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"So he [Constantius II] abandoned all hope of attempting anything like it, and declared that he would and could imitate simply Trajan's horse, which stands in the middle of the court with the emperor on its back."
Ammianus Marcellinus (XVI.10.15)
On the central axis of the forum square was a colossal equestrian statue of Trajan (Equus Trajani), the appearance of which can be discerned from numismatic evidence. Although several coin variants depict Trajan on horseback, those dating to his sixth consulship (AD 112), the year in which the forum was dedicated, would seem to commemorate the monument, itself, which likely was modelled on that of Domitian in the Roman Forum. In turn, the equestrian statue of Trajan must have been the model for the surviving statue of Marcus Aurelius. All depict the same artistic convention: the relaxed posture, the raised hand in a gesture of peace, and lifted right foreleg of the striding horse.
The equestrian statue of Domitian (Equus Domitiani) was erected in AD 91 to commemorate the campaign in Germany and Dacia. Numismatic evidence, such as this gold aureus, and an ecphrasis (formal literary description) by Statius provide some ideas of its appearance. Facing the Temple of Divine Julius, it supposedly towered over the other temples and surpassed the equine statue of Caesar's favorite horse that was in front of the Temple of Venus Genetrix in the Forum of Julius (Suetonius, Life, LXI). "This work fears not...the long-drawn years; it shall stand as long as earth and heaven and Roman day" (Silvae, I.1.91-94). In fact, the statue was pulled down and destroyed in AD 96, following the assassination of Domitian and his damnatio, the massive base concealed under the pavement of the forum.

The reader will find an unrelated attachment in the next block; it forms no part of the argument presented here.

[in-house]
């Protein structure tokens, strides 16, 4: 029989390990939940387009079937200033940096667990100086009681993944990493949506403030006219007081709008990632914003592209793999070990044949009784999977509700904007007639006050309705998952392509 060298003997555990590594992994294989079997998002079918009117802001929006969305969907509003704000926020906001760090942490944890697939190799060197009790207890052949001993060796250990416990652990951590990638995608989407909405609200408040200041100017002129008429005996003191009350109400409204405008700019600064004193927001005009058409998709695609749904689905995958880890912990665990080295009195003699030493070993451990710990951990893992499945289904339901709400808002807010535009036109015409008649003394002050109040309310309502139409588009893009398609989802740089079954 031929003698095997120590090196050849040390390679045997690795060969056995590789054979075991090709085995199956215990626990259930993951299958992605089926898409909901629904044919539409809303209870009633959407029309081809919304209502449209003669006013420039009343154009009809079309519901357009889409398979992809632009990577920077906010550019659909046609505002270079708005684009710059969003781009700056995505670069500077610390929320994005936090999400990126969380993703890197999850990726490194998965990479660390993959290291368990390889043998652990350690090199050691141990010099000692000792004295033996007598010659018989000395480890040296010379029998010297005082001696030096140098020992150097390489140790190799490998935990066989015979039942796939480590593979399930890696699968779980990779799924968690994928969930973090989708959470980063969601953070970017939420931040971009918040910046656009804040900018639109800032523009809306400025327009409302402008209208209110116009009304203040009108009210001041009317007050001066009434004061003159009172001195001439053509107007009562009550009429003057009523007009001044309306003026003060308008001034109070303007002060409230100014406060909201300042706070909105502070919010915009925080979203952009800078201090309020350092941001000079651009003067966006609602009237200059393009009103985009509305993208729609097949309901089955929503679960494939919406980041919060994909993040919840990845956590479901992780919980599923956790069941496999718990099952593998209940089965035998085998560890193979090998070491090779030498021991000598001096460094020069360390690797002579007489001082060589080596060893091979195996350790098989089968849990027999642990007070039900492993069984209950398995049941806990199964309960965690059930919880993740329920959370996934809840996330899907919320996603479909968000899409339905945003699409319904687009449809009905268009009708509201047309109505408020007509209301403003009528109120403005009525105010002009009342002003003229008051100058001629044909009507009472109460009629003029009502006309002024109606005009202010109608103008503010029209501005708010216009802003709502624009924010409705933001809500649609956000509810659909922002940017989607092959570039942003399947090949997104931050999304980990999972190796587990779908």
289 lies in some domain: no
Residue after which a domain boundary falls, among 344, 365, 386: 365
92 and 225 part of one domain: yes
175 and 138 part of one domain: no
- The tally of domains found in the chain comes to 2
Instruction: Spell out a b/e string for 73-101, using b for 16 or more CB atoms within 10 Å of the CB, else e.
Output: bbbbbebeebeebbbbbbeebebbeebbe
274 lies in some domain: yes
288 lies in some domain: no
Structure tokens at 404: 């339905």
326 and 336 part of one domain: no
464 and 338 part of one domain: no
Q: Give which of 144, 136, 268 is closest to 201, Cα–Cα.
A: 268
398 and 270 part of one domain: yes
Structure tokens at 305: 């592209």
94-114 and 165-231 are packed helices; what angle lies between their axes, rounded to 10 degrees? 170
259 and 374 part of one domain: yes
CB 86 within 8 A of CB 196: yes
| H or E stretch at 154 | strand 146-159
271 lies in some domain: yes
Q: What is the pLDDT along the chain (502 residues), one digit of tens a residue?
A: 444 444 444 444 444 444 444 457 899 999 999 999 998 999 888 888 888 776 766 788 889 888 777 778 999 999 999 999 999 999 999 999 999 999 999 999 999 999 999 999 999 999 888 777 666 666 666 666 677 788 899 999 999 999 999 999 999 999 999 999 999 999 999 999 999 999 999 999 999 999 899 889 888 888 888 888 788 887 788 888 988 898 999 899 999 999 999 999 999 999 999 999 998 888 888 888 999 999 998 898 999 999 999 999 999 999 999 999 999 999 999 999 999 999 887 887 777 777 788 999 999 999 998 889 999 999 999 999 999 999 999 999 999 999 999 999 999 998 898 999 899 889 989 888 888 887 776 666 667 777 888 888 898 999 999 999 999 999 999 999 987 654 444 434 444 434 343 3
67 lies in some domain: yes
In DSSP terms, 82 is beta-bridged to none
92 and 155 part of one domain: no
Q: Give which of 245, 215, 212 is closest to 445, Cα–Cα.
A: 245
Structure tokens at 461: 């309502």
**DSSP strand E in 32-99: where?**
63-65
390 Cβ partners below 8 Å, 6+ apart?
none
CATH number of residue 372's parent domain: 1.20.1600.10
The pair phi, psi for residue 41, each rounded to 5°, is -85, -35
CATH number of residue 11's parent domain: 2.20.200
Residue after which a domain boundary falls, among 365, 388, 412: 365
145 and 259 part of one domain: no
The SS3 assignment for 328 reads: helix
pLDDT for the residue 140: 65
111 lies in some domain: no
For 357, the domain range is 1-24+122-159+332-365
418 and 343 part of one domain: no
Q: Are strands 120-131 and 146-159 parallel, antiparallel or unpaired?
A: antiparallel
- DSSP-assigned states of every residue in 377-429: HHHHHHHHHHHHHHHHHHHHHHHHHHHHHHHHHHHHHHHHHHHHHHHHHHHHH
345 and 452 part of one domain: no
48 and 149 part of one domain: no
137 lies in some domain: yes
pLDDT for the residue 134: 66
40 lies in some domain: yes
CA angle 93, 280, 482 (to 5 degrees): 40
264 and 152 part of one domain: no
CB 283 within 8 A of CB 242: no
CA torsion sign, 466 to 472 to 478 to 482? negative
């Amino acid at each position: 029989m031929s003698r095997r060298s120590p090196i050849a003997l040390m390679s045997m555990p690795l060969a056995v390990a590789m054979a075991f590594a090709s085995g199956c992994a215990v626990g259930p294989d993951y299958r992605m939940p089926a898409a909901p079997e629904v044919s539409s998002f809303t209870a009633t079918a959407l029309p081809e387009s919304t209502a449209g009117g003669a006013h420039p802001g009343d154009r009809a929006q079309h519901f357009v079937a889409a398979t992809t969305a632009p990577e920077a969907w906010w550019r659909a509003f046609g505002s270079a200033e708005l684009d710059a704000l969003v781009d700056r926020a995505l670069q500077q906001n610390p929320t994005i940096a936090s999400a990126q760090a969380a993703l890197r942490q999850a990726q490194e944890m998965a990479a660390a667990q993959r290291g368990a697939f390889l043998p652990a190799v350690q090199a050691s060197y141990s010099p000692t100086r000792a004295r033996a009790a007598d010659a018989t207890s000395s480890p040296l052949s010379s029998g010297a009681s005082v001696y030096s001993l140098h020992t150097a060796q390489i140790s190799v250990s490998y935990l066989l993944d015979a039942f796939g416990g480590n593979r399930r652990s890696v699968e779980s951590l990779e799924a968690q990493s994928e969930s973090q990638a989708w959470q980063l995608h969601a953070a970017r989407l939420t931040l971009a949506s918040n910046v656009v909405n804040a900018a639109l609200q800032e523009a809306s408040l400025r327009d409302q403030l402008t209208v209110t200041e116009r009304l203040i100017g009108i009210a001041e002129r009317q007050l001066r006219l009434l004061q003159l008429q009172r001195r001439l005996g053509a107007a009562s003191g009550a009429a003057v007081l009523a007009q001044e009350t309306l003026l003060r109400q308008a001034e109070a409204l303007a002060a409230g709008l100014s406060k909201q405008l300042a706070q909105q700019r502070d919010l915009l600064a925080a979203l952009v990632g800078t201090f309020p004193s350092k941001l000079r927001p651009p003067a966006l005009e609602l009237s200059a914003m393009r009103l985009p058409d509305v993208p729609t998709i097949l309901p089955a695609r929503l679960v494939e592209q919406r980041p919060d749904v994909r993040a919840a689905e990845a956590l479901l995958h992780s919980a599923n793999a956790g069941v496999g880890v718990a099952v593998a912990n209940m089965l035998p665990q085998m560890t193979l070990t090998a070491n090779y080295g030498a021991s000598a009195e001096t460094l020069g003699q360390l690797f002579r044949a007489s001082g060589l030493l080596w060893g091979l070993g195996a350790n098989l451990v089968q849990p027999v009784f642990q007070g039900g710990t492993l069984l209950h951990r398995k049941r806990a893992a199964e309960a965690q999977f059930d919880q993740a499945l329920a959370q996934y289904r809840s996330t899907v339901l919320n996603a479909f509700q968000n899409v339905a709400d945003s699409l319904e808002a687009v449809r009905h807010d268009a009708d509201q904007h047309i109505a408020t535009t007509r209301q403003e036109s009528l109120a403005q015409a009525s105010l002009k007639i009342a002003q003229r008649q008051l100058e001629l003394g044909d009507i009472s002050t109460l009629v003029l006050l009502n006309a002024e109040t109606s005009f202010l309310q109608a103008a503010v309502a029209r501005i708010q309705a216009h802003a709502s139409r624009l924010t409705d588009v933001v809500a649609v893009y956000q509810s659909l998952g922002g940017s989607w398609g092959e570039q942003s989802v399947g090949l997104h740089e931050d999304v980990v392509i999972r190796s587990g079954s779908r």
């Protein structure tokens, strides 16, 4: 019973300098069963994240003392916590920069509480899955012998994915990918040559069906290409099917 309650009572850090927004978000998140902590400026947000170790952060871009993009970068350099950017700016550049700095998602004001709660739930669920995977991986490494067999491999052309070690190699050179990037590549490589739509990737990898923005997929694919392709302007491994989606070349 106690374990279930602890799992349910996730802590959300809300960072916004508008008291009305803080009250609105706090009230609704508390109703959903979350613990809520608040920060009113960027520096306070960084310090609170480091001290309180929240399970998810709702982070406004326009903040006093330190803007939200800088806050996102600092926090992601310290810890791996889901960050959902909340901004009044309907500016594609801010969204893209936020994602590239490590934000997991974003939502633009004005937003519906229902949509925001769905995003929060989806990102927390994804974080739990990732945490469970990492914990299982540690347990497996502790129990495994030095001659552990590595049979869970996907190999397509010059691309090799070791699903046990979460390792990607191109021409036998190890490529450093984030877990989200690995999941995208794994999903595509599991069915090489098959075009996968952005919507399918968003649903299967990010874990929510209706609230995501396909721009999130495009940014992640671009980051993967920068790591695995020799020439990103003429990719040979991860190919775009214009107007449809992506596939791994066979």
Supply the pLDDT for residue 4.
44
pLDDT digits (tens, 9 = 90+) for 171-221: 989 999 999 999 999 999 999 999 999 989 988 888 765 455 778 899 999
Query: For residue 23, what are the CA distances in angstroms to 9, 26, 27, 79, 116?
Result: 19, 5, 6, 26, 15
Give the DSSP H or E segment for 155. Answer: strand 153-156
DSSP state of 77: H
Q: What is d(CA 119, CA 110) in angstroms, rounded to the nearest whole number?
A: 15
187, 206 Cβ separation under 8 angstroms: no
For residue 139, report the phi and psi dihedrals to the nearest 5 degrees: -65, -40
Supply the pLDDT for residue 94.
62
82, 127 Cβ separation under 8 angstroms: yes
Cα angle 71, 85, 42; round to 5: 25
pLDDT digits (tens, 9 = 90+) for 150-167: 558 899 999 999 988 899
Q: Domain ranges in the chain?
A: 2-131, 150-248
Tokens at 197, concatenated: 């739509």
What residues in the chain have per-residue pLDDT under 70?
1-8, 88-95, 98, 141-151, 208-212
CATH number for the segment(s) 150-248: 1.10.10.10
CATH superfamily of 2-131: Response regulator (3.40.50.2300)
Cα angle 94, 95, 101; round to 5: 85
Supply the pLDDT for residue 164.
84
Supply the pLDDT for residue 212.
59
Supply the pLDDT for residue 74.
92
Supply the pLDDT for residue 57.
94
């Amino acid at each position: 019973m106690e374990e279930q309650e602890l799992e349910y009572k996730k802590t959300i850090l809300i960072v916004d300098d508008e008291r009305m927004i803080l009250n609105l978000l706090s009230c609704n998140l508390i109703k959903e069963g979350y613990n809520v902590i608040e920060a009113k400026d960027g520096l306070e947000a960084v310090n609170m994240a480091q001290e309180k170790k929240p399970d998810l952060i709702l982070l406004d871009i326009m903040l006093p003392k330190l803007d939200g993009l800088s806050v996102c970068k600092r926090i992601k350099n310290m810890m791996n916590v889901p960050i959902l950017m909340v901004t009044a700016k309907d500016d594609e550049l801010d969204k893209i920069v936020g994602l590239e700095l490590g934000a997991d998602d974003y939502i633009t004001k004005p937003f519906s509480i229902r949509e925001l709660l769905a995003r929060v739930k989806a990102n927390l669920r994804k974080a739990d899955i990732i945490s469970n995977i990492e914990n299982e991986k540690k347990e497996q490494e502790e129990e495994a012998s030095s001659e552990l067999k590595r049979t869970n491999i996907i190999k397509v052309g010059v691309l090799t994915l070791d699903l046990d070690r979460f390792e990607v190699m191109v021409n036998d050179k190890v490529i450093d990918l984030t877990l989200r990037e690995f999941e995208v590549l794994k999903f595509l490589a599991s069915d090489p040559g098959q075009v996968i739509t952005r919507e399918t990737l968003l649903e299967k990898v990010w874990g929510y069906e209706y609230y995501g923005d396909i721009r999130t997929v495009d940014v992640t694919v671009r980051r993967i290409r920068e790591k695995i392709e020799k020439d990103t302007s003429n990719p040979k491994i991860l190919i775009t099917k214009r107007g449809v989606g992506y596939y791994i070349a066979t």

The only bronze equestrian statue to survive from antiquity is that of Marcus Aurelius, who had been mistaken for Constantine. It suggests how magnificent the statue of Trajan might have been. Taken to the Capitoline in the sixteenth-century, where it was mounted on a new base and made the centerpiece of Michelangelo's Piazza del Campidoglio, the statue was removed to the Capitoline Museums in 1980 for restoration and a replica put in its place.
Statius' effusive poem does have one evocative line: "A great sword protects your side, large as Orion's threatening blade on winter nights, affrighting the stars" (1.1.44-45).
References: Statius: Silvae (2003) translated by D. R. Shackleton Bailey (Loeb Classical Library).
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